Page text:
8 Rational Reasons to Prepare

8 Rational Reasons to Prepare

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Prepping has a lot to do with “hoping for the best, but preparing for the worst.” Now, this way of thinking isn’t something that sounds like a bad idea to me, yet many preppers receive a ton of backlash and criticism for doing just that. Maybe you’ve experienced this from one of your family members or friends? It can sting when it comes from someone that you care about. For those of you who are on the fence about prepping, or need some rational reasoning behind what you are doing so you can explain yourself better to your friends and family, I’m here to help you. The truth is, it’s not crazy to be a prepper. Here are 8 rational reasons to prepare.

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8 Rational Reasons to Prepare

#1. To Get Ready for Disasters 

This statement alone should be more than enough reason why you need to be a prepper. Being ready for any type of disaster could very well be the difference between life and death for you or one of your family members. And no, I’m not being overly dramatic on this one. 

Depending upon where you live in the country, there’s a real threat that a natural disaster could strike your area at any moment, whether it’s a tornado, hurricane, earthquake, wildfire, or flooding. Don’t get me started on EMP attacks and solar flares that also pose a potential problem. You’ll need the appropriate supplies, food, water, and also survival skills to see you through.   Now this is one of those rational reasons to prepare.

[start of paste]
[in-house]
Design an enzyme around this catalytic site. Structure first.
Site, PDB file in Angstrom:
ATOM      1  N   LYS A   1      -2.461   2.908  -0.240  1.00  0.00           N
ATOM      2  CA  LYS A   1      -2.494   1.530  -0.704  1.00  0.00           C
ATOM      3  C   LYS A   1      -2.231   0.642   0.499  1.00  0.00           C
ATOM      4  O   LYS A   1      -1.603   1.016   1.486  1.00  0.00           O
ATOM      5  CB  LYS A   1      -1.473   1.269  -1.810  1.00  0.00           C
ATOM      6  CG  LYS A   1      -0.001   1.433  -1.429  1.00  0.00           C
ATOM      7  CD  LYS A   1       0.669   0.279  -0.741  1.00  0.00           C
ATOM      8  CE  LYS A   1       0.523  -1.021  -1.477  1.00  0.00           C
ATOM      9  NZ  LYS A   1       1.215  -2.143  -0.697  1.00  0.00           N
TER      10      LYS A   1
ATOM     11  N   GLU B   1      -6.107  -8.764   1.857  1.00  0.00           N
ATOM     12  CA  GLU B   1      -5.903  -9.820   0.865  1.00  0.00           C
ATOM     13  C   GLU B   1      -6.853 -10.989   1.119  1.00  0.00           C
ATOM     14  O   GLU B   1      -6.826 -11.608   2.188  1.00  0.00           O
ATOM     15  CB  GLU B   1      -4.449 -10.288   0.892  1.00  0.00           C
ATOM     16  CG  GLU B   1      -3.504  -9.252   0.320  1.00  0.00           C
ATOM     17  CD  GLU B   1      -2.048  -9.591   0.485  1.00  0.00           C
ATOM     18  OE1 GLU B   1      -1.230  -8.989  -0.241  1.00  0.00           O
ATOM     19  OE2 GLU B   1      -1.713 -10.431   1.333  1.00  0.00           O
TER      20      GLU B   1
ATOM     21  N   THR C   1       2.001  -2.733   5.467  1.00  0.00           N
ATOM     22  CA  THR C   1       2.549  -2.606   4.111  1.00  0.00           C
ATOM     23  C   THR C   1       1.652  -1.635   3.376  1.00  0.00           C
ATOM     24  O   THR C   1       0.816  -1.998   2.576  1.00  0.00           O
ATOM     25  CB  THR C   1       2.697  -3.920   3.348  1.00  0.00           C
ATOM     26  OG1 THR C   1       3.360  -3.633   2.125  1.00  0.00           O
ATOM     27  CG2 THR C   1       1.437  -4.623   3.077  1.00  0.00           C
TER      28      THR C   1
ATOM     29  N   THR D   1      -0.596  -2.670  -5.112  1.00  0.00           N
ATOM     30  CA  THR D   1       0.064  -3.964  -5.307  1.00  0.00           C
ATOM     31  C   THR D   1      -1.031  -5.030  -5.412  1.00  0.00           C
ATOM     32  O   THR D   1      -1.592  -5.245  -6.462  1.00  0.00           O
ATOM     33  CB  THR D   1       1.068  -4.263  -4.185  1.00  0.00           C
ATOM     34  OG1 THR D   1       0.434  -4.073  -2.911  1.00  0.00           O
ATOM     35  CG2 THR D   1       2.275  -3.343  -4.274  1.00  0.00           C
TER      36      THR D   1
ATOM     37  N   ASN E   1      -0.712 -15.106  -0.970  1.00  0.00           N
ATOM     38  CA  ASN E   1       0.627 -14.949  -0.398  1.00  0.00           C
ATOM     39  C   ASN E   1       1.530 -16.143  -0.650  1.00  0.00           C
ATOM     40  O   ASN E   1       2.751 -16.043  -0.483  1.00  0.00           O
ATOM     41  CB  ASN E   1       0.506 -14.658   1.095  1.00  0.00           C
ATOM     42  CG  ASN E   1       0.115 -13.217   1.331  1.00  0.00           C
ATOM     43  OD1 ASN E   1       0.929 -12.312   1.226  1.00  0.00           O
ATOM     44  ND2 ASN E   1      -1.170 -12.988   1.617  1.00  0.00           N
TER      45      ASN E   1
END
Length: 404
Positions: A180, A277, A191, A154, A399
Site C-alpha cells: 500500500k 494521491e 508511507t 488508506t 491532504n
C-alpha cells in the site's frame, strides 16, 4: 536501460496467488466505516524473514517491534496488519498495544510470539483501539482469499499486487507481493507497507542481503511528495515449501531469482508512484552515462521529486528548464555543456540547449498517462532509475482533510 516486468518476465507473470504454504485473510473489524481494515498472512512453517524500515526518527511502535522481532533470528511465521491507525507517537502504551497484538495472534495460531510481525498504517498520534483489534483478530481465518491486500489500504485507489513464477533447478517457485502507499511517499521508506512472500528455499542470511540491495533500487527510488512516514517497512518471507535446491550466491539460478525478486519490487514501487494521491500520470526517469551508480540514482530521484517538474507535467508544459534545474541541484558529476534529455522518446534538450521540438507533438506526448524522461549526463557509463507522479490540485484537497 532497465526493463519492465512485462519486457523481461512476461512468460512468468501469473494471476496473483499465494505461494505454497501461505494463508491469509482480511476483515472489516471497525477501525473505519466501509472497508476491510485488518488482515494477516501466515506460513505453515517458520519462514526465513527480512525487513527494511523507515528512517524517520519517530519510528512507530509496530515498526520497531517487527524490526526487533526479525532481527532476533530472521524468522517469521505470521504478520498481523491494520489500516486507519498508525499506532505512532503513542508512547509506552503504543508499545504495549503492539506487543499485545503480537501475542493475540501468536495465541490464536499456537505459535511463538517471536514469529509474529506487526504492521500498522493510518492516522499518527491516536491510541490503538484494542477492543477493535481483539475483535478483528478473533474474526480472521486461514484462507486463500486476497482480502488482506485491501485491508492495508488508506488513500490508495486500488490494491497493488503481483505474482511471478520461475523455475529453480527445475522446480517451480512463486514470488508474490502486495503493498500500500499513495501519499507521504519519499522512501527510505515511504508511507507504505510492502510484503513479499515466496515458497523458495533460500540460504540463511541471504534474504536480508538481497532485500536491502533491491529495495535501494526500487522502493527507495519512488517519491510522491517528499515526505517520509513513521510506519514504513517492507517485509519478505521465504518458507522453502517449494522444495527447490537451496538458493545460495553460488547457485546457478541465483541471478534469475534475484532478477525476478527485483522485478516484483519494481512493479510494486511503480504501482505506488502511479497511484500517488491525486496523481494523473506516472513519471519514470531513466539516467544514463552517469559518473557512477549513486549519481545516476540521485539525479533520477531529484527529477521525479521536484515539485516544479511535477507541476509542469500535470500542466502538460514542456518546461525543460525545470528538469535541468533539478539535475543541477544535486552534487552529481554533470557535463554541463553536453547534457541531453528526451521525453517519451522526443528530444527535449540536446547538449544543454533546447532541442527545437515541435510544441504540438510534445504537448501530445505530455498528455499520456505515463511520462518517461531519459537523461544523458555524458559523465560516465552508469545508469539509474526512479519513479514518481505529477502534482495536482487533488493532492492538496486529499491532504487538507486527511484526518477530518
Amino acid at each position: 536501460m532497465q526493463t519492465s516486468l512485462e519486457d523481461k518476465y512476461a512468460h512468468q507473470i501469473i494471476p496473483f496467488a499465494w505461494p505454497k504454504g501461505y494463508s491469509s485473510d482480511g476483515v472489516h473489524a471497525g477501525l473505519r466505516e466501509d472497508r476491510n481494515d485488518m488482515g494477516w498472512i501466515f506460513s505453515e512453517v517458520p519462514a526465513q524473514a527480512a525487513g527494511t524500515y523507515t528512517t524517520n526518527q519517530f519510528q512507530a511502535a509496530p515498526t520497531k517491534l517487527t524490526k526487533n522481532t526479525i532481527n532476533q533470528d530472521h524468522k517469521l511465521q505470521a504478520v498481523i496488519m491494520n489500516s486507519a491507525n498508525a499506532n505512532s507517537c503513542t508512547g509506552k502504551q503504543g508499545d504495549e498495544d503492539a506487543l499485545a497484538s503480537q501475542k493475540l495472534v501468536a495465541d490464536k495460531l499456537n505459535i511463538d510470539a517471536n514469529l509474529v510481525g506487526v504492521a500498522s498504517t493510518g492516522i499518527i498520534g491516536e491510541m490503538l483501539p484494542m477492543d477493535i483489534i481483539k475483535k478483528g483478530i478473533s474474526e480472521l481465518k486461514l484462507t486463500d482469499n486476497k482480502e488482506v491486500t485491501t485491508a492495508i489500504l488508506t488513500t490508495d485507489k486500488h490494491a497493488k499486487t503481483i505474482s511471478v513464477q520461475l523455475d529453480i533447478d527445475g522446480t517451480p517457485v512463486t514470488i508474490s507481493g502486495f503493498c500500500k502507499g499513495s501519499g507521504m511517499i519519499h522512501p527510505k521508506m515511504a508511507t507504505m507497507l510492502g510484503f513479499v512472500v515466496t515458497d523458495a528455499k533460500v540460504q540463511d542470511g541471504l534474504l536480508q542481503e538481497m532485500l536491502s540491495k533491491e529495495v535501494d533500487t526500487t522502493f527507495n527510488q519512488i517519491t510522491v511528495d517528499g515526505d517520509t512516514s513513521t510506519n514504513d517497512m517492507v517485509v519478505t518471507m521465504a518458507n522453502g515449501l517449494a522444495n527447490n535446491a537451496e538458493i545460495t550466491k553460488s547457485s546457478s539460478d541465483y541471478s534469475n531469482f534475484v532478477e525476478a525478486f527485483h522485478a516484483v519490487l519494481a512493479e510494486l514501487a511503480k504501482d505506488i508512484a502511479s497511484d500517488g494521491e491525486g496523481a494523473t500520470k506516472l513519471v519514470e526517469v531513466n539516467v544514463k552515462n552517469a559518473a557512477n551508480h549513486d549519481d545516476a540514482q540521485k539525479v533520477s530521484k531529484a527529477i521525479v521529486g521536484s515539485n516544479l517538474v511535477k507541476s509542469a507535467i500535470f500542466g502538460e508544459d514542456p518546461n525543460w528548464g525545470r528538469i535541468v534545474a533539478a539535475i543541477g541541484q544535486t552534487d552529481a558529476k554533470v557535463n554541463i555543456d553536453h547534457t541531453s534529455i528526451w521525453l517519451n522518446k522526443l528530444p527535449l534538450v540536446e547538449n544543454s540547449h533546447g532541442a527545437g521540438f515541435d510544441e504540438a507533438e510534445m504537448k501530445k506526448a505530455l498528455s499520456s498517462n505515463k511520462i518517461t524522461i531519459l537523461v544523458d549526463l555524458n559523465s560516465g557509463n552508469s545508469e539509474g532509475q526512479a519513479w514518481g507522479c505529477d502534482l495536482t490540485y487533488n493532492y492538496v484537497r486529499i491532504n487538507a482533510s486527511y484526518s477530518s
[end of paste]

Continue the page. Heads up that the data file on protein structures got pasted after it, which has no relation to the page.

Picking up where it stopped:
#2. History Often Repeats Itself

The great stock market crash which took place October 29, 1929, that would later be known as the start of The Great Depression, not only took a major toll on the United States economy but most of the countries around the world. Millions of families were forced into welfare, something that was considered utterly humiliating at the time. As many as 15 million Americans were left without work, and those that weren’t unemployed still had a difficult time keeping food on the table.